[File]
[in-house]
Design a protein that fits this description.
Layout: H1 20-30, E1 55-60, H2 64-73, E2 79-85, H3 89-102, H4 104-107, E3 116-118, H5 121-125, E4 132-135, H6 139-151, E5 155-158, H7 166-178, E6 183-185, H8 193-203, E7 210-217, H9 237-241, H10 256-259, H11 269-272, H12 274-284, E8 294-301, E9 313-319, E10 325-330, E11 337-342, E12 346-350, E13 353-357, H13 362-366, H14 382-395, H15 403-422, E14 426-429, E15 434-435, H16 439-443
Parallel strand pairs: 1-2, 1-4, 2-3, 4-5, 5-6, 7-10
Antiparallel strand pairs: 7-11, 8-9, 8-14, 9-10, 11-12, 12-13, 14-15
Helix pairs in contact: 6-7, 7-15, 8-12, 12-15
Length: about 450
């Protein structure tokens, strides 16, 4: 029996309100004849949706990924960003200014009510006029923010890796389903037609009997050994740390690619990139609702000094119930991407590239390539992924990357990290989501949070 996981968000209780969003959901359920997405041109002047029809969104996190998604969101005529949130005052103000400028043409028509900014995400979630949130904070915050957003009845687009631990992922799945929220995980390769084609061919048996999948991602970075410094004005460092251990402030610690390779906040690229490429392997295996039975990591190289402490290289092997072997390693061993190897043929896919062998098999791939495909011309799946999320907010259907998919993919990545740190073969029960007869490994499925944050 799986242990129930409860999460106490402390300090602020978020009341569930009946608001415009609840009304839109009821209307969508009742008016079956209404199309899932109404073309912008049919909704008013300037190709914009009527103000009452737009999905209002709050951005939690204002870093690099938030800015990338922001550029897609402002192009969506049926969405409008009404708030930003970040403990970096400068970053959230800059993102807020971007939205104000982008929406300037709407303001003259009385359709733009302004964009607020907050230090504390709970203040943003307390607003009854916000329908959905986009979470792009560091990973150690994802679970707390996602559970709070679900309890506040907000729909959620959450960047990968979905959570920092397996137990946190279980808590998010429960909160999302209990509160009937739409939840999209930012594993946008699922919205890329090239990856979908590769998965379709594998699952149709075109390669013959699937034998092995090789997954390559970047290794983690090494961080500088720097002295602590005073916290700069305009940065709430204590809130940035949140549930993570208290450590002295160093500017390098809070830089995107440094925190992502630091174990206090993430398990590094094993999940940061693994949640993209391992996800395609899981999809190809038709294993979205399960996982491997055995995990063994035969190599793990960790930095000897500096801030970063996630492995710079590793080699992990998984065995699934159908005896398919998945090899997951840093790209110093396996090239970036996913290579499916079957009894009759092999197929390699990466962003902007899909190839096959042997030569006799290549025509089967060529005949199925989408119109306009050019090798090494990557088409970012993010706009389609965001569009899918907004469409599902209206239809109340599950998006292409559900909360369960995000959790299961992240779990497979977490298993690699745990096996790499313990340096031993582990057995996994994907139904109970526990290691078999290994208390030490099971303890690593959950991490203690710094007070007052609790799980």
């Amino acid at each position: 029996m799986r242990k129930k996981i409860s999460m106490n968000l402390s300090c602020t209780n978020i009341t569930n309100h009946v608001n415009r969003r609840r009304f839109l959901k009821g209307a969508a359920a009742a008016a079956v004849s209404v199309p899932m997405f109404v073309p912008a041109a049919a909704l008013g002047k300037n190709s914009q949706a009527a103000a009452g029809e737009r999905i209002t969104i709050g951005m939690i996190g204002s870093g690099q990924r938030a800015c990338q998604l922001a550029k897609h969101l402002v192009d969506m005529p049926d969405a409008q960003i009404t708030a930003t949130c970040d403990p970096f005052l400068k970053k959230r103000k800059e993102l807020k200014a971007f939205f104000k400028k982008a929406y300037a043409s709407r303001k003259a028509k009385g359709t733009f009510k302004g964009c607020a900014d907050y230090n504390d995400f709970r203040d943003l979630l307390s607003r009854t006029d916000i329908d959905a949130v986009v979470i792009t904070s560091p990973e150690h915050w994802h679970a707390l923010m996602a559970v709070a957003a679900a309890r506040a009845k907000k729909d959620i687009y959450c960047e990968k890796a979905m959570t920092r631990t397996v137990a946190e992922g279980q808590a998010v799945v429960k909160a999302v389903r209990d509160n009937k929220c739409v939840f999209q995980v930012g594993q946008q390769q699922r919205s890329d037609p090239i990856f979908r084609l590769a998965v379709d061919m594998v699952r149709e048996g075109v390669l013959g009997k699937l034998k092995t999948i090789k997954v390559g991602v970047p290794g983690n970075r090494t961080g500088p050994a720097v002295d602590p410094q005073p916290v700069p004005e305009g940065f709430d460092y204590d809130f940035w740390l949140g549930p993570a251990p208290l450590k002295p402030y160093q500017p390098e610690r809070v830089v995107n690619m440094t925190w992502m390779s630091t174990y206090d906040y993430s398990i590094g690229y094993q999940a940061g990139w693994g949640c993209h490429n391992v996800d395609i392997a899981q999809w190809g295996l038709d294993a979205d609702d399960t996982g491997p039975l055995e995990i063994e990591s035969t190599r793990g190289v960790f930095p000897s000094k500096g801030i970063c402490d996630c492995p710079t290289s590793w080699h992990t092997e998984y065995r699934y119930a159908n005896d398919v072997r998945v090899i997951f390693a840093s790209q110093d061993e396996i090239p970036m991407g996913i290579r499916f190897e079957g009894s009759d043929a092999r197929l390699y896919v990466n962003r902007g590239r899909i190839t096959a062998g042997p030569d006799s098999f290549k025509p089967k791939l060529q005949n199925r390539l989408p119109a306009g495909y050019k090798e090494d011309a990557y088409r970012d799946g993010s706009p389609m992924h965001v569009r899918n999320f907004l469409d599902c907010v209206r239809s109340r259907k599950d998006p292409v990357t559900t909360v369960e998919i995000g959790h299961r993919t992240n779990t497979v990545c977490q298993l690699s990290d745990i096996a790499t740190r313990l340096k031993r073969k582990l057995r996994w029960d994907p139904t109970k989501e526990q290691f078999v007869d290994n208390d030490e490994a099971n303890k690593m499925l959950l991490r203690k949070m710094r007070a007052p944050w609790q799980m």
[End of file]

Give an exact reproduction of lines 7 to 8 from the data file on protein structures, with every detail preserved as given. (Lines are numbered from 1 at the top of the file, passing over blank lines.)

Length: about 450
């Protein structure tokens, strides 16, 4: 029996309100004849949706990924960003200014009510006029923010890796389903037609009997050994740390690619990139609702000094119930991407590239390539992924990357990290989501949070 996981968000209780969003959901359920997405041109002047029809969104996190998604969101005529949130005052103000400028043409028509900014995400979630949130904070915050957003009845687009631990992922799945929220995980390769084609061919048996999948991602970075410094004005460092251990402030610690390779906040690229490429392997295996039975990591190289402490290289092997072997390693061993190897043929896919062998098999791939495909011309799946999320907010259907998919993919990545740190073969029960007869490994499925944050 799986242990129930409860999460106490402390300090602020978020009341569930009946608001415009609840009304839109009821209307969508009742008016079956209404199309899932109404073309912008049919909704008013300037190709914009009527103000009452737009999905209002709050951005939690204002870093690099938030800015990338922001550029897609402002192009969506049926969405409008009404708030930003970040403990970096400068970053959230800059993102807020971007939205104000982008929406300037709407303001003259009385359709733009302004964009607020907050230090504390709970203040943003307390607003009854916000329908959905986009979470792009560091990973150690994802679970707390996602559970709070679900309890506040907000729909959620959450960047990968979905959570920092397996137990946190279980808590998010429960909160999302209990509160009937739409939840999209930012594993946008699922919205890329090239990856979908590769998965379709594998699952149709075109390669013959699937034998092995090789997954390559970047290794983690090494961080500088720097002295602590005073916290700069305009940065709430204590809130940035949140549930993570208290450590002295160093500017390098809070830089995107440094925190992502630091174990206090993430398990590094094993999940940061693994949640993209391992996800395609899981999809190809038709294993979205399960996982491997055995995990063994035969190599793990960790930095000897500096801030970063996630492995710079590793080699992990998984065995699934159908005896398919998945090899997951840093790209110093396996090239970036996913290579499916079957009894009759092999197929390699990466962003902007899909190839096959042997030569006799290549025509089967060529005949199925989408119109306009050019090798090494990557088409970012993010706009389609965001569009899918907004469409599902209206239809109340599950998006292409559900909360369960995000959790299961992240779990497979977490298993690699745990096996790499313990340096031993582990057995996994994907139904109970526990290691078999290994208390030490099971303890690593959950991490203690710094007070007052609790799980």